While the substitution of the terms " Ivmph nodes" and "lymph nodules" for "lymph glands " and " lymph follicles " respectively was recommended in the last edition, the change has been made throughout the text in this volume.

The work is fully abreast of the scientific knowledge of the day, and it will undoubtedly be accorded a popularity similar to what it has received in the past.

The Storv of Columbcs. By Elizabeth Eggleston Seel ye. New York : D. Ap- pleton & Co. Pp. 303. Price, $1.

This volume is the first of a series enti- tled Delights of History, and a delightful book has been made of it. Beginning with the wonderful journeys of the Polos, and the expeditions sent out by Prince Henry of Portugal, events which may well have fired the imagination of the youthful Co- lumbus, we are brought at length to the gates of Genoa. Here we learn something of the condition of the weavers among whom

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��the Colombos were numbered. Even the house in which the family lived is pointed out. Then follows the story of Columbus's journey to Portugal, his weary waiting in Spain, his voyages, discoveries, misfortunes, and last days spent in pleading with the un- appreciative Ferdinand. The tale is related in very simple but graphic fashion, with many touches of humor, while the varied illustrations constantly keep fresh the flavor of the time. Only those anecdotes are given that come from authentic sources, and the recent labors of Mr. Henry Harrisse and Signor Stalieno have added so largely to the fund that there are enough to make the narrative sufficiently life like. Xo attempt is made to screen the failings of Columbus — his pursuit of wealth, his curious theories, and the evil which is chargeable to him as an exponent of his time, the establishment of slavery in the New World. On the other hand, these are not enlarged imtil they ob- scure his courageous project and imflagging zeal. He still remains " the most conspicu- ous figure in the history of his age." He crossed the sea of darkness, and we rightly honor him for his great achievement.

The Visible Universe. By J. Ellard Gore, F. R. A. S. London : Crosby Lockwood & Son. New York : Macmillan & Co. Pp. 346. Price, $3.76.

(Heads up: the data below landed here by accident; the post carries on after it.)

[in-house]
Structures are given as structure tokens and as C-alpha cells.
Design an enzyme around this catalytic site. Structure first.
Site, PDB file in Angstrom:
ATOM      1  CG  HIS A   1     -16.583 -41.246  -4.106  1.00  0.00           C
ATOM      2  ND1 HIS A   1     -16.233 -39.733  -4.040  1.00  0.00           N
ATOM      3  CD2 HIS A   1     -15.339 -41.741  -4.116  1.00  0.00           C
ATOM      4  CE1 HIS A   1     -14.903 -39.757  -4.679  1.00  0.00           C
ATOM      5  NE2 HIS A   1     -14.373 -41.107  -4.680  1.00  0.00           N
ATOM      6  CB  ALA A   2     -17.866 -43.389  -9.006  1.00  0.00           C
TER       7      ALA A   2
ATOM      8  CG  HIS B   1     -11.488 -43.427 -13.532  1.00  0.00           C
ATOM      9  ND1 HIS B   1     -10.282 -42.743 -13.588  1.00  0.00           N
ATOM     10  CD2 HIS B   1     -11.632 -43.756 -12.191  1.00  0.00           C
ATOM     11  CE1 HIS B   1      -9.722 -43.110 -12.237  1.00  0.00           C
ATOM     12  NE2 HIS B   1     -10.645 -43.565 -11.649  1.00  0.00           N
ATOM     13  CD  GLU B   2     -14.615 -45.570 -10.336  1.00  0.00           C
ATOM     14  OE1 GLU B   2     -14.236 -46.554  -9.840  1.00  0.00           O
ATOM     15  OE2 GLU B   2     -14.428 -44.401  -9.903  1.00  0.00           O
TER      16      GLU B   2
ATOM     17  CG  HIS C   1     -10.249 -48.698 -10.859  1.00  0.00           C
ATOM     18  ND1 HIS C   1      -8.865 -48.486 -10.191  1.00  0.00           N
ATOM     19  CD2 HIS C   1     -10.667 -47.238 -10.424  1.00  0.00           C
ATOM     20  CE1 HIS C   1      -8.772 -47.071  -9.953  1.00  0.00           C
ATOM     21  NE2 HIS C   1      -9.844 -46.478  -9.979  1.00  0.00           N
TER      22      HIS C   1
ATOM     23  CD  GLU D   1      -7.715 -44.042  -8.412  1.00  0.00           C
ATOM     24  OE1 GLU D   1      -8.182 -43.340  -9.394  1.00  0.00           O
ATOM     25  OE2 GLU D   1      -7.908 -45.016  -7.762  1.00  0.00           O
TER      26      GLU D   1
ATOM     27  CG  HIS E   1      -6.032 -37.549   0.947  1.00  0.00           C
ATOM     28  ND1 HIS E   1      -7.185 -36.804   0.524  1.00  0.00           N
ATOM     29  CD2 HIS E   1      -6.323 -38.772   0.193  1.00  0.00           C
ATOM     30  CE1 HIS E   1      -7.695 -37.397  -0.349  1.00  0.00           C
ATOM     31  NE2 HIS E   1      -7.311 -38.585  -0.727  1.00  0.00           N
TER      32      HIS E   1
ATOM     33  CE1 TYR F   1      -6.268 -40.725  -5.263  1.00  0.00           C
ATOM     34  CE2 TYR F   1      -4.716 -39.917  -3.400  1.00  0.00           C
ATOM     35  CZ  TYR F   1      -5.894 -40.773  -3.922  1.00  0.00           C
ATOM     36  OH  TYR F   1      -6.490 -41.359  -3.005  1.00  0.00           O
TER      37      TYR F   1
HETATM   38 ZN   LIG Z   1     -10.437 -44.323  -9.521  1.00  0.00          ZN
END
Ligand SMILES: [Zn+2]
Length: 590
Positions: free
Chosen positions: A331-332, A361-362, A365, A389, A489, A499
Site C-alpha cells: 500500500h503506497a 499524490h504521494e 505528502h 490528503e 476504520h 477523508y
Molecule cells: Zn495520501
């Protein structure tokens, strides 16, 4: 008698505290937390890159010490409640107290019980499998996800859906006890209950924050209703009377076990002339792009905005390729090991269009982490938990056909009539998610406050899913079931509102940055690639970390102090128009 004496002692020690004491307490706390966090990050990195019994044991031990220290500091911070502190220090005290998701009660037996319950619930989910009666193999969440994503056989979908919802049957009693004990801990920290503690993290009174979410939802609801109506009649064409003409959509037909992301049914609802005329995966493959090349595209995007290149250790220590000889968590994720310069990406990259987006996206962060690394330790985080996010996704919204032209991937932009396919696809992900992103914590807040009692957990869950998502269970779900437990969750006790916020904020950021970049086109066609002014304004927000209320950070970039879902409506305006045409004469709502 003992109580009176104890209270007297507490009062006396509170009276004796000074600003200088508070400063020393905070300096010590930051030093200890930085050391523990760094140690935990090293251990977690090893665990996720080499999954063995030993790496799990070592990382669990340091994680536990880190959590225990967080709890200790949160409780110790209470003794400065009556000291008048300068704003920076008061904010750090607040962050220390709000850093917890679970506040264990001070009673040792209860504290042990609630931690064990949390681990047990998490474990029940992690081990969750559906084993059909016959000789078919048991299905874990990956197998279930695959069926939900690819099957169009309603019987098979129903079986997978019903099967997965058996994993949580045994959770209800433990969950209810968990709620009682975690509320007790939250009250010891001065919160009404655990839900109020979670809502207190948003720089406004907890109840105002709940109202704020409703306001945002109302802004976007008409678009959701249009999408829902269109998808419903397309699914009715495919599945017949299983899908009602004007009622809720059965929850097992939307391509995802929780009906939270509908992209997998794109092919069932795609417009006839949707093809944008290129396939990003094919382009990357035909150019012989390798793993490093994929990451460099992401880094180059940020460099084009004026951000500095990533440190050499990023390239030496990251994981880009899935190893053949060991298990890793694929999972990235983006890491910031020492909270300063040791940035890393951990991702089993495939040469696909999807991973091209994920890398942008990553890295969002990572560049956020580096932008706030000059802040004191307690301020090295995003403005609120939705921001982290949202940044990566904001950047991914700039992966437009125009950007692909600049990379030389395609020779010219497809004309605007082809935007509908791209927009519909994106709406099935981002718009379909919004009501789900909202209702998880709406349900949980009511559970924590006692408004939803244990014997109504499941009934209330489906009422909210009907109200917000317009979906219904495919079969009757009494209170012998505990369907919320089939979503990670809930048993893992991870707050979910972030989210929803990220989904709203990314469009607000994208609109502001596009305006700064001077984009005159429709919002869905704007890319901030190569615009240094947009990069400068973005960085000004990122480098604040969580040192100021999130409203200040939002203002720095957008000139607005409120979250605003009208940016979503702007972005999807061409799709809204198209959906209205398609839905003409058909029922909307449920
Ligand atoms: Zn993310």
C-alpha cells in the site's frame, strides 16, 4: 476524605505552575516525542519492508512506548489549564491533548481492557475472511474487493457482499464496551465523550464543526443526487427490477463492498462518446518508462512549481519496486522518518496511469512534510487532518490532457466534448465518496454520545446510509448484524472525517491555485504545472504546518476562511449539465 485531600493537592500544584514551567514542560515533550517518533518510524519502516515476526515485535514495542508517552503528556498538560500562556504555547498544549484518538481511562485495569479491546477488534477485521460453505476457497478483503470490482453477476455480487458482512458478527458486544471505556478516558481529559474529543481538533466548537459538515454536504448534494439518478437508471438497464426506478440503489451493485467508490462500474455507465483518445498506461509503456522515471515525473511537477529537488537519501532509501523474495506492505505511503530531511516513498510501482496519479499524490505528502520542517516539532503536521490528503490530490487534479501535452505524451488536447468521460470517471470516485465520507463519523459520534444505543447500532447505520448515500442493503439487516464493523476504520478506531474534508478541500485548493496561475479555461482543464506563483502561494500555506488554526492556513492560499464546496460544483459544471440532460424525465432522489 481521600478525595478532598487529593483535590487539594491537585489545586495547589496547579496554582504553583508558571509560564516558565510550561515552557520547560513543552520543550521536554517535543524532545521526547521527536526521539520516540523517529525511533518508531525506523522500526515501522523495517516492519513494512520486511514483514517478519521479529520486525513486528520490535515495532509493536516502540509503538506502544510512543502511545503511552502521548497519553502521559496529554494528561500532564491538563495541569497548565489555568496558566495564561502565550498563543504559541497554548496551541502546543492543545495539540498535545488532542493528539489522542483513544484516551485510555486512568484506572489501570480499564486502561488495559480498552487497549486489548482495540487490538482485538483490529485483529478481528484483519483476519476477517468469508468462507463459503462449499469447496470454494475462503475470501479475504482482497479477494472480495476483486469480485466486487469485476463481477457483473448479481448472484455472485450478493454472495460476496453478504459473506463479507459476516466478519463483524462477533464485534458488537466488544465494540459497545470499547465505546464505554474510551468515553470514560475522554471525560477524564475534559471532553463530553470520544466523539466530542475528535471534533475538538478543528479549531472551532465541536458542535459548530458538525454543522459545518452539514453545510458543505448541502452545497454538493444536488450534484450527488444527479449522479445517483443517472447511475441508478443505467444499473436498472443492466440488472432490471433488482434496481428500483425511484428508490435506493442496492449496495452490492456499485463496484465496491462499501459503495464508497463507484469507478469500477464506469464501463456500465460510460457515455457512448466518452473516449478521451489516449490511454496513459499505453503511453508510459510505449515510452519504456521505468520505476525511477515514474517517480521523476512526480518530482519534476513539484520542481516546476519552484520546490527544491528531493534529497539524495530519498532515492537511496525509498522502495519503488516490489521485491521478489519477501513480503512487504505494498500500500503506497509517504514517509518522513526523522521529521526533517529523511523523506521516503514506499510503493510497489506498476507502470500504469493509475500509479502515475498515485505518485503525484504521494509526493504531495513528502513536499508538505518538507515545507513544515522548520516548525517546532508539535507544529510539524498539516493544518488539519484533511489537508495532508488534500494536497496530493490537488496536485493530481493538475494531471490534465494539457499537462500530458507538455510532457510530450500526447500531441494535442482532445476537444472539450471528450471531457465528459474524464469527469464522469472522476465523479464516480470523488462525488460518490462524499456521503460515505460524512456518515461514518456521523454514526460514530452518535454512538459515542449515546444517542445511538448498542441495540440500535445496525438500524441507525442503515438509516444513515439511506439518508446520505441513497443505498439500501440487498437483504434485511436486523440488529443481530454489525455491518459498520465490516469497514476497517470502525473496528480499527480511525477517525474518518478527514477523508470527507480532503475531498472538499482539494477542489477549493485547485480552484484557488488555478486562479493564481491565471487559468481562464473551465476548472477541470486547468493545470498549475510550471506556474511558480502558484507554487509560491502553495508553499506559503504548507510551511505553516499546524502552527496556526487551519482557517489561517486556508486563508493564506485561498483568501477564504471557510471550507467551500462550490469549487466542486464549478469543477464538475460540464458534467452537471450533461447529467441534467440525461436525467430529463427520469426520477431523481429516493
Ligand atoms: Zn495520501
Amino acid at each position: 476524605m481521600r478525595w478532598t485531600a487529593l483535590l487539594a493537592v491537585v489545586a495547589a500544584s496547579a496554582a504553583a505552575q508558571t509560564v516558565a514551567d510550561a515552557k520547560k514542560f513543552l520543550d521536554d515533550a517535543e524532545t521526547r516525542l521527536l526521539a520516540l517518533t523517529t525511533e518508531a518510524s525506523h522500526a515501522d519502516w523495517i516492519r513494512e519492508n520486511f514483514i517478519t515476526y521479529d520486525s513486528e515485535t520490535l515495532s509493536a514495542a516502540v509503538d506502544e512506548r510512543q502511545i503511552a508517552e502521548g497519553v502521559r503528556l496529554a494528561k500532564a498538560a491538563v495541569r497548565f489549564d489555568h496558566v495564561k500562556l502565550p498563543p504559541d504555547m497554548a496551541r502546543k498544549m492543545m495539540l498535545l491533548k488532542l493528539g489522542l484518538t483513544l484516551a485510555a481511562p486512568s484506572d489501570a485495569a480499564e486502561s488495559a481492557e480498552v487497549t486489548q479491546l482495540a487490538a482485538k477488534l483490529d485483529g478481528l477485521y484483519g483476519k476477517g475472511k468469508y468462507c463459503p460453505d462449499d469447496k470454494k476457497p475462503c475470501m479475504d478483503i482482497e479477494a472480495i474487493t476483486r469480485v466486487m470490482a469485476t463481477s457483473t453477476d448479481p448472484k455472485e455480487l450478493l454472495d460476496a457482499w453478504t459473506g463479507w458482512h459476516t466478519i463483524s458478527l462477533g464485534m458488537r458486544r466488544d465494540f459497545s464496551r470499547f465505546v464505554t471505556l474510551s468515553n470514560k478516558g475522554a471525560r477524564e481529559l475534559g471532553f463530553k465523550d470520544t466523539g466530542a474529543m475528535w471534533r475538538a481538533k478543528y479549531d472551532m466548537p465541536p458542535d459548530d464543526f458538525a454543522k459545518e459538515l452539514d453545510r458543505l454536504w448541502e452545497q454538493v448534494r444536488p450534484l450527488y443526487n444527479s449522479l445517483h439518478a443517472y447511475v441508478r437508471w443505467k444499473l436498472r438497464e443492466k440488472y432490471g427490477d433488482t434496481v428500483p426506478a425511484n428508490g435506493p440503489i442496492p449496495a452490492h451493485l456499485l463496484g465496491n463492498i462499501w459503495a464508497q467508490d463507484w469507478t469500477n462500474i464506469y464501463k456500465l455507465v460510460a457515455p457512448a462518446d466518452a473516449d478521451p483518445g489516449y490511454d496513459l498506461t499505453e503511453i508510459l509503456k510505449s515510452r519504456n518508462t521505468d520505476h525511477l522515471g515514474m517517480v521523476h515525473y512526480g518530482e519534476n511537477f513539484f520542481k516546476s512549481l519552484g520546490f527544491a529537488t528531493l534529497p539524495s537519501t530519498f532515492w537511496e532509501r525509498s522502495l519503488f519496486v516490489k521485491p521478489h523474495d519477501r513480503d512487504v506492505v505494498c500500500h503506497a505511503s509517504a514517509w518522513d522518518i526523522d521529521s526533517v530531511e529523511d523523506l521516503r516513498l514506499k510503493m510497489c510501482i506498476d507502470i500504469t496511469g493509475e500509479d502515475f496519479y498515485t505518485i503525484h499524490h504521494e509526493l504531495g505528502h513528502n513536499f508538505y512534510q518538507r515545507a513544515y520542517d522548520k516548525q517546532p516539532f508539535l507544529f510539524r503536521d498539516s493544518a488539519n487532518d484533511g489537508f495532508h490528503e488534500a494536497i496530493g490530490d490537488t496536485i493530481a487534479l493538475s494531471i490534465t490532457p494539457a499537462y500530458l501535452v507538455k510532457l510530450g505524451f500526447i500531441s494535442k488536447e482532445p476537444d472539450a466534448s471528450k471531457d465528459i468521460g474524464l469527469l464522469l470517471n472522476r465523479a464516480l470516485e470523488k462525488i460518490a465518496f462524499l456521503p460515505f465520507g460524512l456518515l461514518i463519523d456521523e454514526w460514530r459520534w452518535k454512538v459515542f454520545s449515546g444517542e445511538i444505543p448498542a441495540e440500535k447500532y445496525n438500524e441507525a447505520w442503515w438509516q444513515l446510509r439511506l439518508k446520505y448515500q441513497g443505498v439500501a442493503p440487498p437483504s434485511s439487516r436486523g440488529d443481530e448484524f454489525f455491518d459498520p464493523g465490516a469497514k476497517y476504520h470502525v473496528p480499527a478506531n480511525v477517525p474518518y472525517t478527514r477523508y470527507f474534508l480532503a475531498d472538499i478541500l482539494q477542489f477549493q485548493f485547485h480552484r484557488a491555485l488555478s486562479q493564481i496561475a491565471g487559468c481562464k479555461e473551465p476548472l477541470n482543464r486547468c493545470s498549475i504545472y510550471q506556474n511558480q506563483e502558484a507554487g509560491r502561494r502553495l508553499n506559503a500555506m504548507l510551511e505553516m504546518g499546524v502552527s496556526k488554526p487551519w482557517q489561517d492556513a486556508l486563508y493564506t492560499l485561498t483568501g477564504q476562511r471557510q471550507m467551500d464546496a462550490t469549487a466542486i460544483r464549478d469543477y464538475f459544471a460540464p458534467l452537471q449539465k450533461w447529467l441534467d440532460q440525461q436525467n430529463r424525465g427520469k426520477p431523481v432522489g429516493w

Although astronomers have not yet solved the problem of celestial construction, the author of this volume refrains from add- ing any new conjecture to the list. He ex- amines critically all the explanations worth serious mention, and this task may well have '. served to keep him within the dry land of | fact. Besides the theoretical discussions, the book contains the latest observations of the position of stars and nebula; and, so far as known, their motions and chemical compo- sition.

Five principal objections have been brought against the nebular theory ; most of these have been well answered by M. Roche. According to M. Wolf, two points are yet un- determined — how large planets were formed from the nebulous mass, and how the equa- torial and orbital inclinations were produced. M. Faye, however, finds the fifth objection — the retrograde motion of the satellites of Uranus and Neptune — destructive of La-

��place's theory and advances another hy- pothesis in his work, Sur I'Origine du Monde, with which Mr. Gore agrees. In this he as- sumes that the earth was formed before the sun, and that its internal heat sufficed for the evaporation of water and for the uni- form vegetation that existed for aeons of time. Laplace did not explain the origin of the primitive nebula, therefore Dr. Croll con- sidered the hypothesis incomplete and fur- nished a cause in his impact theory. Two dark bodies endowed with enormous veloci- ty collided in space and produced a perfect nebula !

A contention which promises no settle- ment is the duration of the sun's heat in past time. Noted physicists allow only twelve millions of years as the maximum period on the gravitation theory. This is insufficient for the geologists, who demand a himdred millions for the denudation of rocks. Dr. Croll's careful estimate is mnety millions ; while biologists ask for a still longer period for the evolution of species. Most astrono- mers concur in the theory of Helmholtz that the heat of the sun is caused by the shrink- age of its mass through gravitation. To this philosopher also is due the vortex-ring idea — that matter consists of whirling portions of the luminiferous ether. This wondrous fluid, supposed to fill interstellar space and act as a medium for the transmission of light, is enormously elastic and wholly un- like matter, since planetary motion is not retarded by it as it would be by the most attenuated gas.

The spectroscope, which has revealed so much of the constitution of the stars, shows also another defect in the nebular theory, unless chemists may come to the rescue. The spectra of various nebulae give only hy- drogen and one other unknown element. If the solar system was evolved from a nebu- lous mass by condensation, whence the dozen elements of the sun and the sixty-five of our own planet ? It has been suggested that all our elements may be further resolved into one original element. In anticipation of its discovery this has been nasned proii/le.

Lockyer's hypothesis was that the upper reaches of the atmosphere contained parti- cles of magnesium, manganese, iron, and car- bon, and that nebuhe were swarms of mete- oritic dust. His observations in regard to

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��the magnesium flutings are not accepted by other a^itronomers, and experiments do not confirm his explanation of the aurora. Most puzzling of all astronomical problems per- haps is the arrangement of stars. If we could observe from some other point in the heavens the system might be disclosed to us, or even if we could compute the distance of every star, the design might appear. In all cases, however, the parallaxes are so small that the measurements are exceeding- ly difficult. The number of visible stars is estimated by the author as seventy millions. Outside of this finite universe there may ex- ist vast systems in space whose light has not yet reached us, or which may be forever hidden, because light itself is extinguished in a separating void.